McIntosh also looks forward to supporting the Kennedy School’s research. He will coordinate closely with the directors and executive directors of the institution’s research centers to ensure effective support of all activities. “Some of the best thinkers and scholars of our time are here and will be addressing current issues from gender to human rights to international affairs to climate change,” he notes. “These are our current and future problems, not just as a country but globally.”

In announcing McIntosh’s appointment, Dean of Harvard Kennedy School Douglas Elmendorf says, “With his experience as a strategic leader and proven dedication to the mission of higher education, Josh will be a tremendous asset to the Kennedy School. I’m delighted that he will join our community and help advance our mission of improving public policy and leadership.”

What sets McIntosh apart is his ability to build and lead strong teams. “I understand how the pieces all fit together and how different stakeholders want different things,” he observes. “Oftentimes, these can be in conflict with one another. So, where I think I can be most useful to the Kennedy School is to work across its many stakeholders to advance a shared set of priorities once those become crystallized.”

Broad Foundation

McIntosh launched his career in higher education at Syracuse University, after earning an undergraduate degree from Elon University and his master’s in College Student Development from Appalachian State University.

After Syracuse, McIntosh held management and leadership positions as Associate Dean of Harvard College, the undergraduate liberal arts college of Harvard University, before moving to Johns Hopkins University, where he collaborated closely with the President and Provost on strategic priorities and oversaw seven departments.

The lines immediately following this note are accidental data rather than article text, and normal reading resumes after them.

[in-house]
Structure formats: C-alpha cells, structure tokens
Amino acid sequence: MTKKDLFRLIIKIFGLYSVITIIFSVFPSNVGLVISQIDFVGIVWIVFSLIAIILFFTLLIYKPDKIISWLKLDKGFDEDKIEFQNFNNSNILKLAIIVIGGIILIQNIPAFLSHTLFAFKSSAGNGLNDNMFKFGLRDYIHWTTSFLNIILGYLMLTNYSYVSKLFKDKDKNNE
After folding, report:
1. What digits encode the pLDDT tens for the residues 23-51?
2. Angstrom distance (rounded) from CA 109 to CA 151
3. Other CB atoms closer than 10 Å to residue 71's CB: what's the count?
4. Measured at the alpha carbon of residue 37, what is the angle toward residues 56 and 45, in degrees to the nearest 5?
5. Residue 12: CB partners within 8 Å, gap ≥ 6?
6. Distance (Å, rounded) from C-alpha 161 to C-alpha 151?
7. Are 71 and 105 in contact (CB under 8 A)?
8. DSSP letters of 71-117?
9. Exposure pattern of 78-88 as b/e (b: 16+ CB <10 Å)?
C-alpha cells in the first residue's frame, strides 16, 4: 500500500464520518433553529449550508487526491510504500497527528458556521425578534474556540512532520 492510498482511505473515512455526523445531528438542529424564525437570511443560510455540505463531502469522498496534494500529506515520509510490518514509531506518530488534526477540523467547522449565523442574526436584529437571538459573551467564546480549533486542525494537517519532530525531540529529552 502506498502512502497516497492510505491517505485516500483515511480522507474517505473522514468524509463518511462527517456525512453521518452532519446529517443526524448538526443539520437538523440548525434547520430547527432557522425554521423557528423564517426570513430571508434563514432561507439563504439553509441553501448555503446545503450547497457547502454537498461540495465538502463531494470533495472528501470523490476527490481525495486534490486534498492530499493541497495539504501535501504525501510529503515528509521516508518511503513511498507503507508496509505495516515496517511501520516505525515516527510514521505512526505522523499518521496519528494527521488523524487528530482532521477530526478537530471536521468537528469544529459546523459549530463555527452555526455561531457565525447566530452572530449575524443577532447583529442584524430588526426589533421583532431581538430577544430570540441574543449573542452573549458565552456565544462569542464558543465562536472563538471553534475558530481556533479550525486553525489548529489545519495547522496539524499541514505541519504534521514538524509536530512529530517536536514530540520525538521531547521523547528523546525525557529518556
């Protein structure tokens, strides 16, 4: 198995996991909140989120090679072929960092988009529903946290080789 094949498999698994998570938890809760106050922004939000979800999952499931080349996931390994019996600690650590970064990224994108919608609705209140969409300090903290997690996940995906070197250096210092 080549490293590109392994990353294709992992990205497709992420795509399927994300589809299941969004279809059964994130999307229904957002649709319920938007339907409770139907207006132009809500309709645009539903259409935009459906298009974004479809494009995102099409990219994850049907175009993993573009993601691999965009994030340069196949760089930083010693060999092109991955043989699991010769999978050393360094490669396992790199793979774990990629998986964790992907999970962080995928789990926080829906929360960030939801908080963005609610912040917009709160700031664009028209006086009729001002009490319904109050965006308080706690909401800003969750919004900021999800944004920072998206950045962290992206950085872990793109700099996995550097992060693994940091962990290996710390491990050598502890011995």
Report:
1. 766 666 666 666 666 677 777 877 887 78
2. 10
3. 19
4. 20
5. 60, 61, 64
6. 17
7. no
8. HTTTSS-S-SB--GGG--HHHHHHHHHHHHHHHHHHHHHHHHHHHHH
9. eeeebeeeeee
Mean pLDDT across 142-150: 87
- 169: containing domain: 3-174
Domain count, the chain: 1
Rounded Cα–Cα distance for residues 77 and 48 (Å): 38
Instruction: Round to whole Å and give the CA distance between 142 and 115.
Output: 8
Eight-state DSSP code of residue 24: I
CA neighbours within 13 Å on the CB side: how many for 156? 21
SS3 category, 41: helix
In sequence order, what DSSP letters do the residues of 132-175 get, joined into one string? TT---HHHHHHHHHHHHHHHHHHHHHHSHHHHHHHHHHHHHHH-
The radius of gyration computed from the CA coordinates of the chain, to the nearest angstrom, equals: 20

“I was lucky at Syracuse to not only have really good teachers but ones that are really good human beings.”

Across that time, he earned his doctorate in Higher Education from Syracuse’s School of Education.

McIntosh credits Syracuse with providing a foundation for understanding the complexity and mission driven work of higher education. “It’s hard to work across an organization if you don’t understand the different elements of it because you typically just view what’s important or what seems material through your own lens, which can be very limiting,” he says. “So, the broad foundation from Syracuse was incredibly important for me to understand the complexity of higher education institutions.”

He found that Syracuse, too, connected him to great people and support. “I was lucky at Syracuse to not only have really good teachers but ones that are really good human beings,” he says. He also honed his communication skills both through coursework and in completing his dissertation. This, he says, greatly helped him cultivate the ability to build reasoned, persuading arguments.

“You cannot overstate the importance and value of effective communication, interpersonal skills, and the ability to work with people who hold different points of view with competing interests,” McInstosh observes, adding this is especially true in the realm of higher education where multiple priorities and personalities collide.

Looking back over his career, McIntosh says he cherishes his ability to hire, recruit, and further develop solid teams. “The teams piece, as well as my ability to work with a number of dimensions of the enterprise to get important work done, is probably where I’ve been the most successful.”

McIntosh’s journey has been marked by deliberate choices, calculated risks, and a passion for transformative change. In his new role at Harvard Kennedy School, he stands poised to make a consequential impact, helping to shape the future of higher education as he goes.

By Ashley Kang ’04, G’11 (a proud alumna of the M.S. in Higher Education program)

Learn more about the School of Education’s doctoral program in Higher Education, or contact Assistant Director of Graduate Admissions and Recruitment Speranza Migliore.